Archive for December, 2015

The strange coincidences that have marked our 111th journey from the start continue to occur.

Ed and I took a spur-of-the-moment day trip over the mountains a couple of weeks ago. While poking around an antiques/gift shop in a little town in West Virginia, two old books caught my eye. There were only four books in the entire shop. I walked over for a closer look, and this is what I saw:two wwii books

They were published in the 1960s. Of course, we bought both.

Although the 111th isn’t mentioned by name in these books, the ordnance battalions they were assigned to are noted. It was truly an orphan unit, belonging at various times in 1944 and 1945 to the 48th, the 177th, the 320th, the 185th, the 187th, and the 54th and 55th.

One chapter in the second volume is very interesting: “On the Far Shore in Normandy.” We learned that several ordnance units landed at Omaha Beach on D-Day and more continued to come ashore in the following days and weeks, including, of course, the 111th on D+5 (which left Southampton for Omaha Beach on the night of June 10) and D+6.

On page 244, we read a paragraph that sent a chill down our spine:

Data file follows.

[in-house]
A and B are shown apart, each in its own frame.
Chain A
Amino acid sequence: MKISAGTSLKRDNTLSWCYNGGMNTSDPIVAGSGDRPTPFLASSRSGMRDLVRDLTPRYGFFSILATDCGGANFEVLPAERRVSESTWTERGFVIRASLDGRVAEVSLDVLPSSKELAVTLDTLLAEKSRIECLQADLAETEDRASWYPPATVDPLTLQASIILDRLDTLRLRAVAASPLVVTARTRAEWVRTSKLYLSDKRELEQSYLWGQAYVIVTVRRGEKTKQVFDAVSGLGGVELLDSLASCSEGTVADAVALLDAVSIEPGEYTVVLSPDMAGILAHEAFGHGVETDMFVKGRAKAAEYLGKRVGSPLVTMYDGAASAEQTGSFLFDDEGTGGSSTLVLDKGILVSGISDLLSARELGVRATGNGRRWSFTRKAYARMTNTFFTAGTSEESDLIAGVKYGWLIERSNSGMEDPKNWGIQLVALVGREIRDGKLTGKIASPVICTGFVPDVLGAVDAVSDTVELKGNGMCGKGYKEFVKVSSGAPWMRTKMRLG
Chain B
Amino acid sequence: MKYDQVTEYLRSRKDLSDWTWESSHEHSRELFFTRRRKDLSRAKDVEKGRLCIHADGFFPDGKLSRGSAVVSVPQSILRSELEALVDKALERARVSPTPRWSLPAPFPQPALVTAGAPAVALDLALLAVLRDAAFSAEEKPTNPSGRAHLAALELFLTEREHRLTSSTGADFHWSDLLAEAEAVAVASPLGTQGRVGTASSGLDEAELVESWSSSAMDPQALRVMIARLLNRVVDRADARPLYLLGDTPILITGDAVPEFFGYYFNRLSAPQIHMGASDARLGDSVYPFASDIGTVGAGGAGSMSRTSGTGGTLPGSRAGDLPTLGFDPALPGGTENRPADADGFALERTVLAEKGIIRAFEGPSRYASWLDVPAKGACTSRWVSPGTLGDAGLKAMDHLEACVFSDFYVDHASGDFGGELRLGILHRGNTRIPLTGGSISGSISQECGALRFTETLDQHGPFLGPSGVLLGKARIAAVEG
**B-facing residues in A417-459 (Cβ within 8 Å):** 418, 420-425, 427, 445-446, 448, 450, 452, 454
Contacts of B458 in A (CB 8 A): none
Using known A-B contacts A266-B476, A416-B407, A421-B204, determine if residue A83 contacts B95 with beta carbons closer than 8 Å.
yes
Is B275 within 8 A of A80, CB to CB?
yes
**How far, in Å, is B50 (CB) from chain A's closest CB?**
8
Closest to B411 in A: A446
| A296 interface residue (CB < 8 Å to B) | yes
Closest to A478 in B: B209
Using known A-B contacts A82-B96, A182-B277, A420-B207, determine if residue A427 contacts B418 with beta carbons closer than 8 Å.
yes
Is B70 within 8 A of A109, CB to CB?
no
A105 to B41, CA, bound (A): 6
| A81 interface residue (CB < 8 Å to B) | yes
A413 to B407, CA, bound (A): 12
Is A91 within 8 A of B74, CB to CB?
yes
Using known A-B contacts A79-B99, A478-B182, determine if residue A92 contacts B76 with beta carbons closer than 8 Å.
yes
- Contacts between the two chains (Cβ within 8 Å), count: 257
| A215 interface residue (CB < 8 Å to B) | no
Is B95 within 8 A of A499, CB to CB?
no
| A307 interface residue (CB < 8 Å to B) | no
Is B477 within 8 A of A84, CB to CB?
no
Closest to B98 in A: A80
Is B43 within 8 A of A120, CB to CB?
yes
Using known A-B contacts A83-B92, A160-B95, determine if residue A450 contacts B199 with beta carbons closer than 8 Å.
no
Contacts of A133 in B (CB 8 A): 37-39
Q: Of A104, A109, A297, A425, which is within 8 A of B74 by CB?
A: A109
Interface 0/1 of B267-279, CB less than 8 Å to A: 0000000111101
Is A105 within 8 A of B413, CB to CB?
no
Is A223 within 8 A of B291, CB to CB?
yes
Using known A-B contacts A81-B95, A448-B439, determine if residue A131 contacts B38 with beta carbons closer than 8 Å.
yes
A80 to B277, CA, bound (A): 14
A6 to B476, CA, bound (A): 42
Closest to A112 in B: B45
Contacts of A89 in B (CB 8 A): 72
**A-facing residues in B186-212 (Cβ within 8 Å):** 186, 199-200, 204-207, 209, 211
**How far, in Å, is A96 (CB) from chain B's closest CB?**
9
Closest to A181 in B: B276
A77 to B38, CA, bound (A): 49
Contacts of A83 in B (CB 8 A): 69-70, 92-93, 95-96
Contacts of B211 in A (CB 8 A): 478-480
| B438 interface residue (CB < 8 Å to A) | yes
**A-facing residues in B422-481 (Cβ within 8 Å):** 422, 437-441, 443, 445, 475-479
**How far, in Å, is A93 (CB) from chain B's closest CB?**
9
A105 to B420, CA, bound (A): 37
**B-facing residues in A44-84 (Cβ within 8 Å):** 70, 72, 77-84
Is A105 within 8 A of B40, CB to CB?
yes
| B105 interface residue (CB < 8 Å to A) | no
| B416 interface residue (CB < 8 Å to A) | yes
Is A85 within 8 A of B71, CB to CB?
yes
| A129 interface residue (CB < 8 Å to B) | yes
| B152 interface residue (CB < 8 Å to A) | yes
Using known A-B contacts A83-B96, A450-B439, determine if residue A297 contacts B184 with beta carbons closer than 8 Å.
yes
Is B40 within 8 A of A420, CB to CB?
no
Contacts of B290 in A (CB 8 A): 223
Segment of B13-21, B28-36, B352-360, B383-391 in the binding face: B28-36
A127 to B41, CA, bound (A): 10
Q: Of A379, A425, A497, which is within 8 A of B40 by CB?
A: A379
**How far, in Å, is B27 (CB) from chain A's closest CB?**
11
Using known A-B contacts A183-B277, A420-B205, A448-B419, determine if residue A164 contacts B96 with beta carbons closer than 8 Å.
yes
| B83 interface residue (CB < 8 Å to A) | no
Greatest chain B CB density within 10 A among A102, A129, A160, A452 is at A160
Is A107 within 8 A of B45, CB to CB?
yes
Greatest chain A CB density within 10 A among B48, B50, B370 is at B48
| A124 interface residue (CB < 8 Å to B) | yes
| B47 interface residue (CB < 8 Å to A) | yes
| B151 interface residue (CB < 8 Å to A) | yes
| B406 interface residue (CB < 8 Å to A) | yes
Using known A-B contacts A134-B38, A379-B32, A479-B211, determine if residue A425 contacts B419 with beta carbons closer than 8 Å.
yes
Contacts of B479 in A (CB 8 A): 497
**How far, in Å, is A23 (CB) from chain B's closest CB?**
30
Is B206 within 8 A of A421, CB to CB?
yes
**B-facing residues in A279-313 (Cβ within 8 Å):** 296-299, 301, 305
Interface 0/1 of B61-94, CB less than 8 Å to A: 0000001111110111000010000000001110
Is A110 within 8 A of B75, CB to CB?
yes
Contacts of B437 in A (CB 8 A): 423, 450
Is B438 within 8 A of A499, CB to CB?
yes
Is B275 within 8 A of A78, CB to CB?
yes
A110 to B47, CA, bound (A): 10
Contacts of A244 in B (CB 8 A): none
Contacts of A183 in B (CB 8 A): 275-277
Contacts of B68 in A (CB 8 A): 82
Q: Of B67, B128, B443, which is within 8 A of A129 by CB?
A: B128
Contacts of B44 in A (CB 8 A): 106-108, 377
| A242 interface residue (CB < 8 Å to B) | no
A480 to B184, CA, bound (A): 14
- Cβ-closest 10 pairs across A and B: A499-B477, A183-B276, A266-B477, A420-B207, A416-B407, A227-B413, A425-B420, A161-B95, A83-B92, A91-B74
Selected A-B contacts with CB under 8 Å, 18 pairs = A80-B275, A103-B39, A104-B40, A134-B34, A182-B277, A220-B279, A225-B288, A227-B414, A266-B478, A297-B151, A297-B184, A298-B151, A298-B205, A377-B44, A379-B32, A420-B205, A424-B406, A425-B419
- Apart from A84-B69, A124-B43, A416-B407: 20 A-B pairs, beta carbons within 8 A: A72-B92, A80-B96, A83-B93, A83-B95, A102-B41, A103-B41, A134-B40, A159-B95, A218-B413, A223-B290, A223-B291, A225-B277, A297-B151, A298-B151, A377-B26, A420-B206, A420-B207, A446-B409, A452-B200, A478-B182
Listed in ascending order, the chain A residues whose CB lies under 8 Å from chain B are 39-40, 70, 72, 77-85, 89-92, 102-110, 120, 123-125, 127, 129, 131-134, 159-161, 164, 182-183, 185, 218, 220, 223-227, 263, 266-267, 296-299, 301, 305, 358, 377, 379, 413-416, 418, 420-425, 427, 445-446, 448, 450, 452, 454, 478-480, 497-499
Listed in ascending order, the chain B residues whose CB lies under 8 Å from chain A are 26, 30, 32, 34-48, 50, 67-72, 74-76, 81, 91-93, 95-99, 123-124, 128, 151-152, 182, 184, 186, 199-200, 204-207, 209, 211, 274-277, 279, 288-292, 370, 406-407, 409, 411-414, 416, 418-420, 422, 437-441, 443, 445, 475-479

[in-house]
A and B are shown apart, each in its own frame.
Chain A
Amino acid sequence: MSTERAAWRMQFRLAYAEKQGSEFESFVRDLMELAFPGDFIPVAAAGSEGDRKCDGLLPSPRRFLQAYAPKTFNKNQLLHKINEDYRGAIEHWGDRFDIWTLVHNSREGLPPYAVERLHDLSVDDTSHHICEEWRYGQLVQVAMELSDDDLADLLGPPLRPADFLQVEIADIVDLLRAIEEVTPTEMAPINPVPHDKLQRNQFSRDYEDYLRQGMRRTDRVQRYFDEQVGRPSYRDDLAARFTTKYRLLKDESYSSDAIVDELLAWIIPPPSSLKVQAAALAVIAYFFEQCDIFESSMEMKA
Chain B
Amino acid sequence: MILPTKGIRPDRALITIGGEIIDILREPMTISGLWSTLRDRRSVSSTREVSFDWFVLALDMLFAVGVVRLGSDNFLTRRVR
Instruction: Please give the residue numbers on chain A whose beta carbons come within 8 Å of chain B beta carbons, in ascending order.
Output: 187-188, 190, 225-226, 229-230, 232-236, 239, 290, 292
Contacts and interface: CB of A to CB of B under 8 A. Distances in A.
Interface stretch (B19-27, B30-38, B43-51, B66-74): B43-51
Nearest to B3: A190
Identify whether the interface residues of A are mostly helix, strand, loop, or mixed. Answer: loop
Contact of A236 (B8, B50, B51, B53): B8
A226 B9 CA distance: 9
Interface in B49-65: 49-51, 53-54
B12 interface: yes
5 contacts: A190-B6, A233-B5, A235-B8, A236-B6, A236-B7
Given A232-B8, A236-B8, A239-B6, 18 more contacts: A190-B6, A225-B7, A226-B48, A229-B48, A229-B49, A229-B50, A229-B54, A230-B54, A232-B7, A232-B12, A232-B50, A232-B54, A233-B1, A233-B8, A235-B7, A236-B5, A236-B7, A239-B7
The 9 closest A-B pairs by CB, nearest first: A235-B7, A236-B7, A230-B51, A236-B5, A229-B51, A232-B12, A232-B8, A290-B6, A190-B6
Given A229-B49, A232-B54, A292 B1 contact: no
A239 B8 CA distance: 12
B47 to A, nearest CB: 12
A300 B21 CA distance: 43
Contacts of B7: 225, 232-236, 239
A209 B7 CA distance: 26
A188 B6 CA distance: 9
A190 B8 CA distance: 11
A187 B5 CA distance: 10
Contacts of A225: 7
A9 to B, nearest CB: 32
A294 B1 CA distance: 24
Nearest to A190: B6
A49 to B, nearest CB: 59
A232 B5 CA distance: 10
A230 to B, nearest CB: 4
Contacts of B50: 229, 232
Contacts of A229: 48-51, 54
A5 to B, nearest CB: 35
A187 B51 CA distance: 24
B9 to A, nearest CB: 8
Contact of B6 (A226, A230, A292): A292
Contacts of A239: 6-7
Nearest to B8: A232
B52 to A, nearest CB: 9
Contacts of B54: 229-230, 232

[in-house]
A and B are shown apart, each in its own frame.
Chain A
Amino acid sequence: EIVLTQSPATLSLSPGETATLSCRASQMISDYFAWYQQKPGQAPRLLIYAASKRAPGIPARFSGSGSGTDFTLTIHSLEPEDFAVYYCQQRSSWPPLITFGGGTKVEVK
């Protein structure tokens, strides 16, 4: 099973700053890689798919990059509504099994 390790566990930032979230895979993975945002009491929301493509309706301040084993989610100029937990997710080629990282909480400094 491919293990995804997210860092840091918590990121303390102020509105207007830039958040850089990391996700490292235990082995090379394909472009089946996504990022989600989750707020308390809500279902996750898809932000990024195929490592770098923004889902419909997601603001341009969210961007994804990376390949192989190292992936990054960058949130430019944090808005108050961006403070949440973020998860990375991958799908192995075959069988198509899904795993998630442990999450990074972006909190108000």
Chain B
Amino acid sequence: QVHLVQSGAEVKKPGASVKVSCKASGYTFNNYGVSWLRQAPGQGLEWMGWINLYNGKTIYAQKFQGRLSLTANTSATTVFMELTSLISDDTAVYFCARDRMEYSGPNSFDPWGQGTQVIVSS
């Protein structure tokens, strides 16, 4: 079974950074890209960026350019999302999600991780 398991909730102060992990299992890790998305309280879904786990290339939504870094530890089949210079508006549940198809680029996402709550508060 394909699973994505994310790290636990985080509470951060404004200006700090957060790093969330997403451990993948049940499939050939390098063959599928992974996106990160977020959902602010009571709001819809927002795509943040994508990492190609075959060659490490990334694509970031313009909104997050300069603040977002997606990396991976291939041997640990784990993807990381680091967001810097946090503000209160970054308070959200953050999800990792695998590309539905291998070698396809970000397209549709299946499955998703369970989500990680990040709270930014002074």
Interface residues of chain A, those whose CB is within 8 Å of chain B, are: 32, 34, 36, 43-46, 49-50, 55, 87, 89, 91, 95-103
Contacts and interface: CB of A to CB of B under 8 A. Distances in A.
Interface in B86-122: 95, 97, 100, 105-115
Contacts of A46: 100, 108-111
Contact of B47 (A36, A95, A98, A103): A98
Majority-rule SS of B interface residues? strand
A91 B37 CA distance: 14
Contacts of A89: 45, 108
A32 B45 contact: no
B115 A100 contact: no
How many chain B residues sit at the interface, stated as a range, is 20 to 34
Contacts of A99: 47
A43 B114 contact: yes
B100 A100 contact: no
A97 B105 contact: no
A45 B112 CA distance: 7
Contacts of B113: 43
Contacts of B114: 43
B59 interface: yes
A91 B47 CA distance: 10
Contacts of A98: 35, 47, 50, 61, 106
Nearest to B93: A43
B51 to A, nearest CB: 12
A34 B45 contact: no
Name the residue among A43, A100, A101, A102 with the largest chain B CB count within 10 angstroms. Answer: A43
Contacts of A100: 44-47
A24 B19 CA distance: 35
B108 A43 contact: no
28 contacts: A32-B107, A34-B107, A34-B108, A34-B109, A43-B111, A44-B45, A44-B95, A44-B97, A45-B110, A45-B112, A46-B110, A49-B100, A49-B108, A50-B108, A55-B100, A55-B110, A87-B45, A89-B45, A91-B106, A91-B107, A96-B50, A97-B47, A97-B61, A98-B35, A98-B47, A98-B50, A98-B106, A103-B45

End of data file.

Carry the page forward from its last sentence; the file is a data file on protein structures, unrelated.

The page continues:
“Shortly after midnight on 11 June, the headquarters of the 177th Ordnance Battalion…was ashore at Dog Green Beach [eastern side of Omaha]. When the commanding officer was able to get in touch with the command posts of V Corps and First Army Ordnance, he learned that he had lost an entire medium automotive maintenance company, the 342nd, and twenty-seven men of Detachment B of the 526th Heavy Maintenance Company (Tank) when LST 1006 was sunk in the English Channel by a German torpedo in the early hours of June 9.”

As most of you have told me, our fathers did not talk much about the war. My own father, when I asked about the dangers he faced, told me he had a desk job behind the lines and was never really worried. Of course, we have since learned that they had quite a few close calls during their time in Europe. But the unit never lost a man until the week after V-E Day, in May 1945, when two young enlisted men drowned in a boat accident on the Weser River in Germany.

This holiday season, let’s think about that for a minute and thank our lucky stars that our fathers made it safely through that horrible war. In fact, most of the men were finally back home in the States by 70 years ago this month. How thankful and happy they must have been.

Note: I just did a little research and learned that from December 1941 through December 1946, the Army Ordnance Department had 214 battle casualties (including 101 deaths) among its officers, and 3,030 battle casualties (including 1,121 deaths) among its enlisted men. ( This was out of a total of 24,000 officers and 325,000 enlisted men in the Ordnance Department in that period. (